Two recent surveys have revealed where employers and the voting public stand on the healthcare reform law.
It won’t be long now before we know the fate of the law, as the Supreme Court is expected to rule by the end of the month whether part or all of it should be struck down.
But what we do know, thanks to a survey by The New York Times and CBS News, is where a chunk of the voting public stands on the law:
- 41% want the entire law overturned
- 27% want the individual mandate requiring Americans to obtain health insurance to be struck down
- 24% want the entire law kept intact, and
- 8% had no response.
Takeaway: More than two-thirds (68%) want at least part of the law overturned.
What employers think
In addition, the International Foundation of Employee Benefit Plans (IFEBP) asked employers whether they thought the law would be overturned.
- 66% think the individual mandate will be struck down but other pieces of reform will be kept intact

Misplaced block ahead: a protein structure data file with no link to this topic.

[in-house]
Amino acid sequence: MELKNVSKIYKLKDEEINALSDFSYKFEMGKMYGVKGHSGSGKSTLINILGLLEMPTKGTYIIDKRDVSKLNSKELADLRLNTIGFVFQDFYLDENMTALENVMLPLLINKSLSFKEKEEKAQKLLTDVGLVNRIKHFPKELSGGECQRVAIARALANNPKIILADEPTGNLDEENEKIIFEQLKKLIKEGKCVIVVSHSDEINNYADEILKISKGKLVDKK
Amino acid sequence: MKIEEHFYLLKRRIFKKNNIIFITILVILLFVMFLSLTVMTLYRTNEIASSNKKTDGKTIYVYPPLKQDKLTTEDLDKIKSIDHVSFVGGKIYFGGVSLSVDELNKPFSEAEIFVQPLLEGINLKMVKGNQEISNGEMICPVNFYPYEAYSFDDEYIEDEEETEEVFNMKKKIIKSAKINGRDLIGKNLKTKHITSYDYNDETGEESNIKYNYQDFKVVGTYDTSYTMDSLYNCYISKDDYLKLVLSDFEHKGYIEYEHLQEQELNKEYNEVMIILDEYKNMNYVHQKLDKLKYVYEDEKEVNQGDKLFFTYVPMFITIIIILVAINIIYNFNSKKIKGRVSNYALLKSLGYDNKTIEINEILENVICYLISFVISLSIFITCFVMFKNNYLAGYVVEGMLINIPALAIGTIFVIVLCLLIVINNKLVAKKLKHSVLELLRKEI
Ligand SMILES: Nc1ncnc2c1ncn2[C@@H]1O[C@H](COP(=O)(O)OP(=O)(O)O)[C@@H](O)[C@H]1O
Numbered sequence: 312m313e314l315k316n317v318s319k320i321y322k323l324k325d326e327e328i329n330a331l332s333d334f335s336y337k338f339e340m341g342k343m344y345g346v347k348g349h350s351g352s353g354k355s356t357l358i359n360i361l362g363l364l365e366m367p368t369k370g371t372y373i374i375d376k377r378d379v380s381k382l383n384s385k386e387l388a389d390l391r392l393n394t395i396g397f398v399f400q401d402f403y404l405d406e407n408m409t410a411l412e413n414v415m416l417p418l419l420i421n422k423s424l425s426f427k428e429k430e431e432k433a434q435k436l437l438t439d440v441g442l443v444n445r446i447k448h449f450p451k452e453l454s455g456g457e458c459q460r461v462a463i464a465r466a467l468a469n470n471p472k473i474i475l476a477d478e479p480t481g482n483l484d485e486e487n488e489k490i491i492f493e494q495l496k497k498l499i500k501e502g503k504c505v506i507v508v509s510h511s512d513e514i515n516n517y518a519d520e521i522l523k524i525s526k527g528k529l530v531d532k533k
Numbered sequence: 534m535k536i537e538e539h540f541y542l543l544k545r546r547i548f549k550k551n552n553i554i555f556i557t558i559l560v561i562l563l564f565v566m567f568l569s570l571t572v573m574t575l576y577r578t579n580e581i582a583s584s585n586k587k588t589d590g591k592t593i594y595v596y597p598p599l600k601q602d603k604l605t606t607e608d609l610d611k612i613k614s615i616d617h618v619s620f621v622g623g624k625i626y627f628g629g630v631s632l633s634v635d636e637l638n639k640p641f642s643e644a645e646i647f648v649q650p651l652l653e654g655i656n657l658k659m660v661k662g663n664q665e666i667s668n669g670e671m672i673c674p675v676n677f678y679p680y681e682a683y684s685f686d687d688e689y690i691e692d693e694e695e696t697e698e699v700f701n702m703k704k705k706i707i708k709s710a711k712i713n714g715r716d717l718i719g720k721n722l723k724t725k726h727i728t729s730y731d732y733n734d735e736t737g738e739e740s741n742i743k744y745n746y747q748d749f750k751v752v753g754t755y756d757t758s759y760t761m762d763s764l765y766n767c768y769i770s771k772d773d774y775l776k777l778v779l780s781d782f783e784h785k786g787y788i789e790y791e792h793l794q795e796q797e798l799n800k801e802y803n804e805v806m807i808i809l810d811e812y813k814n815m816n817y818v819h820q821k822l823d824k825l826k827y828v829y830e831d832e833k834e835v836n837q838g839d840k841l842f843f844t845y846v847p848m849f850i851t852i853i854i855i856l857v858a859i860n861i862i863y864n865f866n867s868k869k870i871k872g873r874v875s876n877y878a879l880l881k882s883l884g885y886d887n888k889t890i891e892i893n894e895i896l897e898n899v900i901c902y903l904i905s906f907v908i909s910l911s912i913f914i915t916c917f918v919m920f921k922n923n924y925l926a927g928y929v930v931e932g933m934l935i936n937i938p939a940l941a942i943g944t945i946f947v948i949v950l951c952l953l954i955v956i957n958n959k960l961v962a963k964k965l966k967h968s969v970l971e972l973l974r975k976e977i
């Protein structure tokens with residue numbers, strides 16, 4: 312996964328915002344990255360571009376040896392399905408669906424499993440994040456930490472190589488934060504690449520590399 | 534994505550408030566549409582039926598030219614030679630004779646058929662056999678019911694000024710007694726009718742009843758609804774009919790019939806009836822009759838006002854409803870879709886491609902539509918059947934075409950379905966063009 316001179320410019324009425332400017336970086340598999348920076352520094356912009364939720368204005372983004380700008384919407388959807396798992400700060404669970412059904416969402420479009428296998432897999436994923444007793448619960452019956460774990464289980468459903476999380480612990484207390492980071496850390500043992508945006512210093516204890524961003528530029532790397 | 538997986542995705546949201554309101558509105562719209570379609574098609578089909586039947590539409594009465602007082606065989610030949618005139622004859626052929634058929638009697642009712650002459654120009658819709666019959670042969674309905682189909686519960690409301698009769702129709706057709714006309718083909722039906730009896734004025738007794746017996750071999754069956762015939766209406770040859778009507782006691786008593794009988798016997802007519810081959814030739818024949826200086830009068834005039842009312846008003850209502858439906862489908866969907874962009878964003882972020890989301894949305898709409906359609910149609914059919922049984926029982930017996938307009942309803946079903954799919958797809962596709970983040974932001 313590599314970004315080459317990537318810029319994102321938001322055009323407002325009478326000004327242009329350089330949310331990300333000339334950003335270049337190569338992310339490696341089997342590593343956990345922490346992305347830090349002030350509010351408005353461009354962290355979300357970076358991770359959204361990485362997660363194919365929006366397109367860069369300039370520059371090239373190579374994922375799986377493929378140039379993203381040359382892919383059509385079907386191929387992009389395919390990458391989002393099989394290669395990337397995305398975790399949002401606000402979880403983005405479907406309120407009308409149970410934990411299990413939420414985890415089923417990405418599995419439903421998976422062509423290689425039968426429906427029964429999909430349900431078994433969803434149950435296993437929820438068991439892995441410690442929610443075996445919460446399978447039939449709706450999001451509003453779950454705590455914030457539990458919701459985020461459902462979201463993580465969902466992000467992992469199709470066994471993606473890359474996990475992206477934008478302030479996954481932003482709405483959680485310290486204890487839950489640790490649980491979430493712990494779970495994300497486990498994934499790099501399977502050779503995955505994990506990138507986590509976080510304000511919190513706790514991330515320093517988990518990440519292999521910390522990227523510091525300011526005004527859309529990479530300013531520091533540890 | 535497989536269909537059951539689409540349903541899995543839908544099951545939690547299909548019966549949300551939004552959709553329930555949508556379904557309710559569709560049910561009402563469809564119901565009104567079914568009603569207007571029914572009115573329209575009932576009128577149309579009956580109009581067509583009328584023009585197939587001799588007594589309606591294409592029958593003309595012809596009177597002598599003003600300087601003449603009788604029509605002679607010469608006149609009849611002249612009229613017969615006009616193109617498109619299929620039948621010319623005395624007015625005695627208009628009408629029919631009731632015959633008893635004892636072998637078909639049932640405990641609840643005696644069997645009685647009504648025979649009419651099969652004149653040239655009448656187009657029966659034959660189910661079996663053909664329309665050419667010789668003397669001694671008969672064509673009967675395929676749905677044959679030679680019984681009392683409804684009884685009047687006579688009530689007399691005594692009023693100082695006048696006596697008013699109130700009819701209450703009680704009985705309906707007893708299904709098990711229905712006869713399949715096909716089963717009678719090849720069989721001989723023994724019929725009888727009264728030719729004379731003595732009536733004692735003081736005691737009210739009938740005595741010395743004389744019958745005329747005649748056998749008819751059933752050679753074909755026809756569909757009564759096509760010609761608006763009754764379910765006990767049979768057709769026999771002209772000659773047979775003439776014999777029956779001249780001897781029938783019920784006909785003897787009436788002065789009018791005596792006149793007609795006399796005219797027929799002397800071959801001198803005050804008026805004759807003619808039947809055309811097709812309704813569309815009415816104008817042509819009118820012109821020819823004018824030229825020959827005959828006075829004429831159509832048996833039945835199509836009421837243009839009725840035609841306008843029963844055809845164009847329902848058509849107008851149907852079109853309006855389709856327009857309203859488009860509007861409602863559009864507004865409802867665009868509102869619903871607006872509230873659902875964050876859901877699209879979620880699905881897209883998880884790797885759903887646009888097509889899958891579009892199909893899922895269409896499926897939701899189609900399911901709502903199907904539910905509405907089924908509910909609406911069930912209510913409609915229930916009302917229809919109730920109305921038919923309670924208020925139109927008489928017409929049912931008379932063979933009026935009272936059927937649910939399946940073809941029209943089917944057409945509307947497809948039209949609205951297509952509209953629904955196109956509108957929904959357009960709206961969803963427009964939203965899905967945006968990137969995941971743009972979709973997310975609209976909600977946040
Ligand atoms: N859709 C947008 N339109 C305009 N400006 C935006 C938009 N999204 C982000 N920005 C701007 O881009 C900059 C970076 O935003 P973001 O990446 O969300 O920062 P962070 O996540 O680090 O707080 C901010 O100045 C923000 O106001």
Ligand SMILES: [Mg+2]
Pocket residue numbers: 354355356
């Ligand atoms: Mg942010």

- 19% think the entire law will remain intact, and
- 15% think just the individual mandate will be struck down.
The IFEBP also asked employers and worker representatives which provisions they’d like to see reinstated should the entire reform law be thrown out.
Employers’ top three:
- The ability to offer more wellness incentives (33%)
- The mandate that insurers cannot turn away individuals with pre-existing conditions (23%), and
- The requirement to cover dependent children up to age 26 (22%).
Workers’ top three:
- The requirement to cover dependent children up to age 26 (59%)
- The mandate that insurers cannot turn away individuals with pre-existing conditions (34%), and
- The rule that eliminates participants’ cost-sharing for preventive services (32%).
Takeaway: Both employers and workers strongly favor the enactment of provisions that require insurers to cover dependent children and stop turning away those with pre-existing conditions.
Info: The New York Times and CBS News survey received 976 responses from adults, and the IFEBP survey received 1,027 responses from plan administrators, trustees and organizational representatives from private businesses, multi-employer trust funds and public employers.